In the next over, Lakhwinder struck a four and a six, but he got catch out in an attempt to hit another six. Then, came Rajan, a south Indian boy who played well. Both of us held out till ten overs until I edged one to the wicketkeeper. As I trudged back to the pavilion, Mukund came out. His bat resting on his shoulders, he walked beaming with an air of confidence towards the crease.

'Be careful. They bowl really good. Especially that tall fellow out there', I cautioned him.

'Relax, Manik. I can handle them myself', he said. assuring me.


The score was 45 for 5 and another 45 runs were needed for victory and only 10 overs remained. Rajan was on strike and he received a toe-crusher which uprooted his middle stump. 'Out', said the umpire. Now, only the tail-enders were left. The batsman who took Rajan's place played rest of the over safely without taking any chances. It was finally Mukund's turn as he came on strike. Tapping his bat, he got ready to face the spin bowler who was bowling tricky leg-spins.

The first delivery he faced was a googly which turned sharply. With a mighty sweep, he sent the ball sailing over extra cover. A six! We all cheered gleefully. On the next one, he played a late cut which gave us another four runs. Displeased at the shot, the bowler attempted a leg break, but Mukund produced the same result, smashing the ball towards long on. I watched him with awe and delight. Why, he never played like that before!

He ended the over with a huge six. A total of 20 runs, it was the most expensive over of the match so far. We were only 35 runs away from victory, when two tail enders got out one after the other. Though we were 65 for 7, we knew Mukund could do the job for us. He did in fact. Exhibiting great bravura, he dispatched three balls bowled by that tall fellow I had warned him about for three big sixes.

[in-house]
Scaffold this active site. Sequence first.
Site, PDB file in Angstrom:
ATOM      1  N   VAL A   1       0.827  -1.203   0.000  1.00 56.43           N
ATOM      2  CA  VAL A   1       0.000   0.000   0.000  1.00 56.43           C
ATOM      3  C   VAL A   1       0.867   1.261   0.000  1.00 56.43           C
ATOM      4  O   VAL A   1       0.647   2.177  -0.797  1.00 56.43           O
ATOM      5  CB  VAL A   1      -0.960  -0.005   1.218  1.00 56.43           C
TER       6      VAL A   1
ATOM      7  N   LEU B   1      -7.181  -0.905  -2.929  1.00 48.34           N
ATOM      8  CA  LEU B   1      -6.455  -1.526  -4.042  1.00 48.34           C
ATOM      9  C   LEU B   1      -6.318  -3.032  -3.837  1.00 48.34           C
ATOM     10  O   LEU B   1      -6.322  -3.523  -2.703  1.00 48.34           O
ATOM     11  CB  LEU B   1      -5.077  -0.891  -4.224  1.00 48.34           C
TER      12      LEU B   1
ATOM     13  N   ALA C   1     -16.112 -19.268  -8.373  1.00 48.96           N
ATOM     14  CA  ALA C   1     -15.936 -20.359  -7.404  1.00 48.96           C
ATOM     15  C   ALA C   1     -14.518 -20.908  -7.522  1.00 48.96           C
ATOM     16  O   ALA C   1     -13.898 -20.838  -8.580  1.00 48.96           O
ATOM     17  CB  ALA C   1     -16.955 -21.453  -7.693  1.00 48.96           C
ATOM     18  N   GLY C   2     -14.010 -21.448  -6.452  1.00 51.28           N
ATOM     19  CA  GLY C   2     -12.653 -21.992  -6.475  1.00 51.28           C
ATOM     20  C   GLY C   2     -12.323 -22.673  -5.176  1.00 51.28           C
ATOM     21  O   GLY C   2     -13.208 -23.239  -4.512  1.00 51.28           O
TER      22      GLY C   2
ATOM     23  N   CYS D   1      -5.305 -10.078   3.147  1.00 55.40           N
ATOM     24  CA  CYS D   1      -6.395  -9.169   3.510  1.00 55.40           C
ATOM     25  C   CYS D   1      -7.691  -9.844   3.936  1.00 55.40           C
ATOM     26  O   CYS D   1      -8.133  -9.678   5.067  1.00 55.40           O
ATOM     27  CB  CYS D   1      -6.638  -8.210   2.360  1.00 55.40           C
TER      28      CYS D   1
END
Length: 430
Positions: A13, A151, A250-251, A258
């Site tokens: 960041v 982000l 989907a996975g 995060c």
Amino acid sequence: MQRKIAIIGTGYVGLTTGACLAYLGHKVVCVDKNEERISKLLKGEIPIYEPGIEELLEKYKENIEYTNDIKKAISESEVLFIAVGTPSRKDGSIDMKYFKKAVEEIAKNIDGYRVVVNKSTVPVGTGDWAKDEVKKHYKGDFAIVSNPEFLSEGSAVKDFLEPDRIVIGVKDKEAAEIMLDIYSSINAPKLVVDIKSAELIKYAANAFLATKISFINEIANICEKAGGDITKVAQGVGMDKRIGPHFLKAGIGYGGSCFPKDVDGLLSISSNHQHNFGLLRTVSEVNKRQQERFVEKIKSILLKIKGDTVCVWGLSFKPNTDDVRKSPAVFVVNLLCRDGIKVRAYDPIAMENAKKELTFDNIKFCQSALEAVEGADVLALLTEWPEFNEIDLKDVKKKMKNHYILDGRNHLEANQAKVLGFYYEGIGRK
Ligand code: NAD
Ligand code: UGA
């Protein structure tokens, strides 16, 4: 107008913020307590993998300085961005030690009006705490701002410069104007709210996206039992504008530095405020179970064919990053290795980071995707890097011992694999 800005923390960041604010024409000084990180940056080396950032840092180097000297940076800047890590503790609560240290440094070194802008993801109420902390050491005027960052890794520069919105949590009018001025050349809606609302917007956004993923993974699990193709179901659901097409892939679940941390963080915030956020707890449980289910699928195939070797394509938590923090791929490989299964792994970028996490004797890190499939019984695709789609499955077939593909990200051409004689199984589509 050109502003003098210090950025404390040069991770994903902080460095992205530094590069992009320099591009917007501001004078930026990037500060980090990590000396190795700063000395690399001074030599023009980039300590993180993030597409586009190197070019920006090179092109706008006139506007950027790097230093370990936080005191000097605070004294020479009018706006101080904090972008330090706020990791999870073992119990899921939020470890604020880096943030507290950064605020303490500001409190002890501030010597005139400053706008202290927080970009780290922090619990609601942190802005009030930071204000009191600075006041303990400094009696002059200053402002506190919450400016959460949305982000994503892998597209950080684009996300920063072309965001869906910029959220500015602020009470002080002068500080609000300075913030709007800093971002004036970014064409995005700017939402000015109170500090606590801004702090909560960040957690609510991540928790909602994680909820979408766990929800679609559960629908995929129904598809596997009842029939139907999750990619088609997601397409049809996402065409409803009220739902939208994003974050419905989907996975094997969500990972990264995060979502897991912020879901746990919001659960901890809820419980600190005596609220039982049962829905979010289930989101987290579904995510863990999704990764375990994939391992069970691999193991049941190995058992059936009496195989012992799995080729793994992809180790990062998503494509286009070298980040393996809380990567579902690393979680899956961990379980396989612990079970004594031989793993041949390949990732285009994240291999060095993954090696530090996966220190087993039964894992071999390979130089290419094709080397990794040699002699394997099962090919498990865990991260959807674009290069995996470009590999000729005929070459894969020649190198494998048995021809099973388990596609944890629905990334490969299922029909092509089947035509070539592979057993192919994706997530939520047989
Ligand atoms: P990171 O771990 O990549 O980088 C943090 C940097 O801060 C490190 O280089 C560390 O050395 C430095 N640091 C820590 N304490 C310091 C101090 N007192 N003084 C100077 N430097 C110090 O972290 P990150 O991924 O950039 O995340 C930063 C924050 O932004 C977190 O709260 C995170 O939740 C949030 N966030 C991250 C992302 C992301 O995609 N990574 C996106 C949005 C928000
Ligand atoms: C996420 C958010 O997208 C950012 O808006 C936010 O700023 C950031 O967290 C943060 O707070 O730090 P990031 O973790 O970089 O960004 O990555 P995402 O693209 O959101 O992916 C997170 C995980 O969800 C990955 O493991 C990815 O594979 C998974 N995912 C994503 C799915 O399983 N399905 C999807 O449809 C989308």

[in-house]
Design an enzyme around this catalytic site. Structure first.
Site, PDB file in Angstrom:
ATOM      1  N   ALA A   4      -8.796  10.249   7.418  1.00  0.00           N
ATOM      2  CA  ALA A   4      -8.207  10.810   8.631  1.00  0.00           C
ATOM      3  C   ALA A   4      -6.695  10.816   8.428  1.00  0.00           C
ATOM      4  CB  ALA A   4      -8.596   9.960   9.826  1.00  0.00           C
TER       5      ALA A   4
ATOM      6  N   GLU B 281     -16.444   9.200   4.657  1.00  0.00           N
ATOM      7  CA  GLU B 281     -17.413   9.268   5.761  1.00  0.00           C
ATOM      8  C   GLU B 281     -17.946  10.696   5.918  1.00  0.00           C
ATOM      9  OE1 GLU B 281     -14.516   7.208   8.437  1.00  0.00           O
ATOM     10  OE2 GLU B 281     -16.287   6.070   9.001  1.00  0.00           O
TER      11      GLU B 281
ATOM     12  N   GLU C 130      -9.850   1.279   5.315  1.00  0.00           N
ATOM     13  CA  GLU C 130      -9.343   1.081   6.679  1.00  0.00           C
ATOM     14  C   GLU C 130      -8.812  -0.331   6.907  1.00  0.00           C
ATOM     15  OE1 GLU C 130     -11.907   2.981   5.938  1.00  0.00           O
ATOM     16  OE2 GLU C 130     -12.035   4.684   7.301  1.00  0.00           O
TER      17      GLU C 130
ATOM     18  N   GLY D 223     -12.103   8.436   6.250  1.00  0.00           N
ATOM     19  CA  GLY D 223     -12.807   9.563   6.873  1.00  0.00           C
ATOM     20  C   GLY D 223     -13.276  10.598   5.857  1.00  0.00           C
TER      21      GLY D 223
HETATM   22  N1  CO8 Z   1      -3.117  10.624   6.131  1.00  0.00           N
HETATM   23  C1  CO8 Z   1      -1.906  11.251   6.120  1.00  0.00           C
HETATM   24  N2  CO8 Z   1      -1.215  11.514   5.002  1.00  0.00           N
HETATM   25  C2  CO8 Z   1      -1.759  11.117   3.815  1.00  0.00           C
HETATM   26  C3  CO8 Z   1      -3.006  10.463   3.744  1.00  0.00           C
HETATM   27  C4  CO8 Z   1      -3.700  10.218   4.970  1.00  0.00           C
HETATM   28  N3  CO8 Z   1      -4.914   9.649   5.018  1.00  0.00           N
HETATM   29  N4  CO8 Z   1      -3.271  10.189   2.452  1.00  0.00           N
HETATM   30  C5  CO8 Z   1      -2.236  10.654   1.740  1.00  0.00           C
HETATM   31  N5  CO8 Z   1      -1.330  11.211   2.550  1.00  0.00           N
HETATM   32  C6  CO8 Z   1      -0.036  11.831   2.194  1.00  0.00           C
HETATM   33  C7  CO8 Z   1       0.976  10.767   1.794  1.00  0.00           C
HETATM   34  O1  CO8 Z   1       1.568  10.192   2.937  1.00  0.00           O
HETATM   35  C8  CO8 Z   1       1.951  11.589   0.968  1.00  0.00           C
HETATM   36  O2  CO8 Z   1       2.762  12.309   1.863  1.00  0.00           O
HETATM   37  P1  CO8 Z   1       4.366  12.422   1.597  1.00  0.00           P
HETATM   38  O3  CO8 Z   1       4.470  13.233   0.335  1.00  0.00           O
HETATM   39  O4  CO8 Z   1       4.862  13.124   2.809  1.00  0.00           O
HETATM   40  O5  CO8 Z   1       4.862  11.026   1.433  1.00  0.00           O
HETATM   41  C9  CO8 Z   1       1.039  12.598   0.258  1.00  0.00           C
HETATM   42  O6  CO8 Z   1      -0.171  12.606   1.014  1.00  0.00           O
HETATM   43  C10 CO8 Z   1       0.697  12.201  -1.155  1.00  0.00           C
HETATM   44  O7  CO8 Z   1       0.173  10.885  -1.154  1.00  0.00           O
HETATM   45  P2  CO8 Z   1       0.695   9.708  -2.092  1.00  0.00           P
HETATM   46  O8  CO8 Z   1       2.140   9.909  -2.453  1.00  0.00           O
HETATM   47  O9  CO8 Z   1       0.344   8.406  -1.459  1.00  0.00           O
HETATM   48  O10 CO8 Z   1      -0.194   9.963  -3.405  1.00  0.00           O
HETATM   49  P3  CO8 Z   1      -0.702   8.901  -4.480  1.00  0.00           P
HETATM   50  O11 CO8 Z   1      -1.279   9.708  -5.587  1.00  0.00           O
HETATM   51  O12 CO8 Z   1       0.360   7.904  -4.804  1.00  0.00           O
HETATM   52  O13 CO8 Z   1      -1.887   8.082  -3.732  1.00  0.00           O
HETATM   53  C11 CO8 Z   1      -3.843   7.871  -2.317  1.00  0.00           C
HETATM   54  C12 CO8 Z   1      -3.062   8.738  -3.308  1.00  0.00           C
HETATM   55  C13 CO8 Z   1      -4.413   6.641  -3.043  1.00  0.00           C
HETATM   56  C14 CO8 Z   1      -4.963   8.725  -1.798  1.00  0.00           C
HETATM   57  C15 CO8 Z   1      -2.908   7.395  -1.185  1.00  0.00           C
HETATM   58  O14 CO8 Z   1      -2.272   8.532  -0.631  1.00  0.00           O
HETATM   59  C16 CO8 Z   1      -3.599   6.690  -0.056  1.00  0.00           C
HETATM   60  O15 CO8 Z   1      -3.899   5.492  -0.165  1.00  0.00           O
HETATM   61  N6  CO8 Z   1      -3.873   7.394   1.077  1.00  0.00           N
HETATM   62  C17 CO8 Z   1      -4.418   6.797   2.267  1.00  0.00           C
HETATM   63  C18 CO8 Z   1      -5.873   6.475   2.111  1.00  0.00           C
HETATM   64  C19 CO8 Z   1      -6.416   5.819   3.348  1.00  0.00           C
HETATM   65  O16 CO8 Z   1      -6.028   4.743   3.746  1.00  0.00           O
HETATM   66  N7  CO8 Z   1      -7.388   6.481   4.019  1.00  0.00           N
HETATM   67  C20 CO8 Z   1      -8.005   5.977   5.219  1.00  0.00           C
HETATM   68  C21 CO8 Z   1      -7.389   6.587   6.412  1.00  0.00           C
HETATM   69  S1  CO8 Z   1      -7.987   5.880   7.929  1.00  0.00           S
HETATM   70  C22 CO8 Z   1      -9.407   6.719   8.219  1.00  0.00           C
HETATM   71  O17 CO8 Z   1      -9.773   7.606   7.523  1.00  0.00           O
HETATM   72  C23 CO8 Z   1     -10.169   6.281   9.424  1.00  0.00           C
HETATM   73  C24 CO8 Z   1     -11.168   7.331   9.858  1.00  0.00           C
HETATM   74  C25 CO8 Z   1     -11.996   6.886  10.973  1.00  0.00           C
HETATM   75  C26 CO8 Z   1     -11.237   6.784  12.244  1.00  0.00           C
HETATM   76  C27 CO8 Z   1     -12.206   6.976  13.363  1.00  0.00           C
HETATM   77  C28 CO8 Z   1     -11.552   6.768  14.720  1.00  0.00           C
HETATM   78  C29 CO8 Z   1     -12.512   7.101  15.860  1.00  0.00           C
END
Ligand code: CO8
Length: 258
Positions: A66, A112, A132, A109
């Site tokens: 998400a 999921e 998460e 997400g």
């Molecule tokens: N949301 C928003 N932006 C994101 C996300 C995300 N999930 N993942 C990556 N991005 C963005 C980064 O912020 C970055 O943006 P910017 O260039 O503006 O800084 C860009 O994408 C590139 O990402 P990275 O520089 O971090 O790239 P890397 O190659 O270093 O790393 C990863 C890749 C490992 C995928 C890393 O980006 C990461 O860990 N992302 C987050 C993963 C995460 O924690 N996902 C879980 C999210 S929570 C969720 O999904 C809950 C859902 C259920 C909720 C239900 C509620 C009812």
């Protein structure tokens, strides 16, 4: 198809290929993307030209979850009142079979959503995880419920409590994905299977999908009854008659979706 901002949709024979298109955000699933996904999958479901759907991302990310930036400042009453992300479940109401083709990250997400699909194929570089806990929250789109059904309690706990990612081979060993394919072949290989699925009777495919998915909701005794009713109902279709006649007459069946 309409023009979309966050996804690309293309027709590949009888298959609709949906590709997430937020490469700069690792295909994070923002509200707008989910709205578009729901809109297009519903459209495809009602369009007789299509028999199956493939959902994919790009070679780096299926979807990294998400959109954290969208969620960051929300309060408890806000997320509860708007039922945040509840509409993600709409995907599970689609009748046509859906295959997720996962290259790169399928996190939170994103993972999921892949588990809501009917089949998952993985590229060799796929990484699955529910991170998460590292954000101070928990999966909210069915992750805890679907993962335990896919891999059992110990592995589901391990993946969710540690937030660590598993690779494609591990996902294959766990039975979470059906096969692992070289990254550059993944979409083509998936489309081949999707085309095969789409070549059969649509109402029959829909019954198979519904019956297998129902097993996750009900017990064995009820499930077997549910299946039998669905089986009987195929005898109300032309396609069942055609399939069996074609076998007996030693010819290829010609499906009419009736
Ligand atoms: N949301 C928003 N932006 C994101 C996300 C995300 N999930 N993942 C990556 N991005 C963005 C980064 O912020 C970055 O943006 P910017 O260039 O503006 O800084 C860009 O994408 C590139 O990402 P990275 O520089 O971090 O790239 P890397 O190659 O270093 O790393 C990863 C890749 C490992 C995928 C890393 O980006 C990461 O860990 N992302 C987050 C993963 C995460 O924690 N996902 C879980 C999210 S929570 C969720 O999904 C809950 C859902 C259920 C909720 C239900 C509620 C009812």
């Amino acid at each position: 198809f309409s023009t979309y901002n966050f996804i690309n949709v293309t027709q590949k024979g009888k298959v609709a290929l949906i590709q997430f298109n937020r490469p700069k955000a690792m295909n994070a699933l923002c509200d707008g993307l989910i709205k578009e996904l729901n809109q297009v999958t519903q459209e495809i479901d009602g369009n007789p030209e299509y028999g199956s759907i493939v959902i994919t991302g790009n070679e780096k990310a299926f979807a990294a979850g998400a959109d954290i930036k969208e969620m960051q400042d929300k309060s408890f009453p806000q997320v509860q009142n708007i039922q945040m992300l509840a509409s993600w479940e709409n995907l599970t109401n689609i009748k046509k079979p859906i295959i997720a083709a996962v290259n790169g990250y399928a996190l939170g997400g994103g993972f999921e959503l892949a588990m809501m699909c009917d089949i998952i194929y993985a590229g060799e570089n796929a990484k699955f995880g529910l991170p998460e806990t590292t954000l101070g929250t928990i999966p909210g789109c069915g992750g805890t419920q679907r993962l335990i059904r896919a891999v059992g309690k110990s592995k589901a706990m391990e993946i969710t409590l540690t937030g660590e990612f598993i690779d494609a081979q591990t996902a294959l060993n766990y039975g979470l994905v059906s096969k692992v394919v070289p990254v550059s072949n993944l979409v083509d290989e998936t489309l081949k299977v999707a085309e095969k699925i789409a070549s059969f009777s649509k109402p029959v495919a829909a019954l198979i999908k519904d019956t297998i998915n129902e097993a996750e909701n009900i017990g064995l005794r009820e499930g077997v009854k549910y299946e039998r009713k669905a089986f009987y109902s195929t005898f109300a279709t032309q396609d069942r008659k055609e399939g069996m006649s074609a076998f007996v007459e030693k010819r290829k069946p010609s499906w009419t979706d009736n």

Thwack! Thwack ! Thwack! Went the ball.

'Bravo, Mukund', I cheered as the score reached 83 for 7. Irritated at Mukund's brave strokeplay, the rival players started bowling wayward lines and lengths. Even one of our tail enders could hit a four. But the winning runs came when Mukund blasted a flat six over long off. A cheer went up!

'Hurray, we have won', cried one of the boys. Everyone went mad as we rushed to the middle to praise and congratulate Mukund.

' I never knew Mukund that you were a big hitter. You never scored a run', said Rajan, giving Mukund a pat on the back.

'Never mind. It was his day today. Let's celebrate the win. I'll take you all for a treat.', announced Lakhwinder.


So, we all went to the Hansraj sweets shop and gorged on spangled jalebis, gulab jamuns, rasgullas,  spicy samosas and aloo tikkis. In the evening, Mukund and I walked home together.

' The bat is really good. You played a wonderful cameo of 38 off 10 balls. A record, indeed.', I commented to which he nodded with a rather expressionless face. 'What happened? Are you not happy with the flood of commendations you received?', I asked.

' I am glad but I didn't play all those shots.', he answered.

'Impossible, I saw you myself hitting the ball with the bat in your hands.', I snapped at him. He shrugged and said 'Indeed, I held the bat but it was a miraculous one. It punished the ball itself.'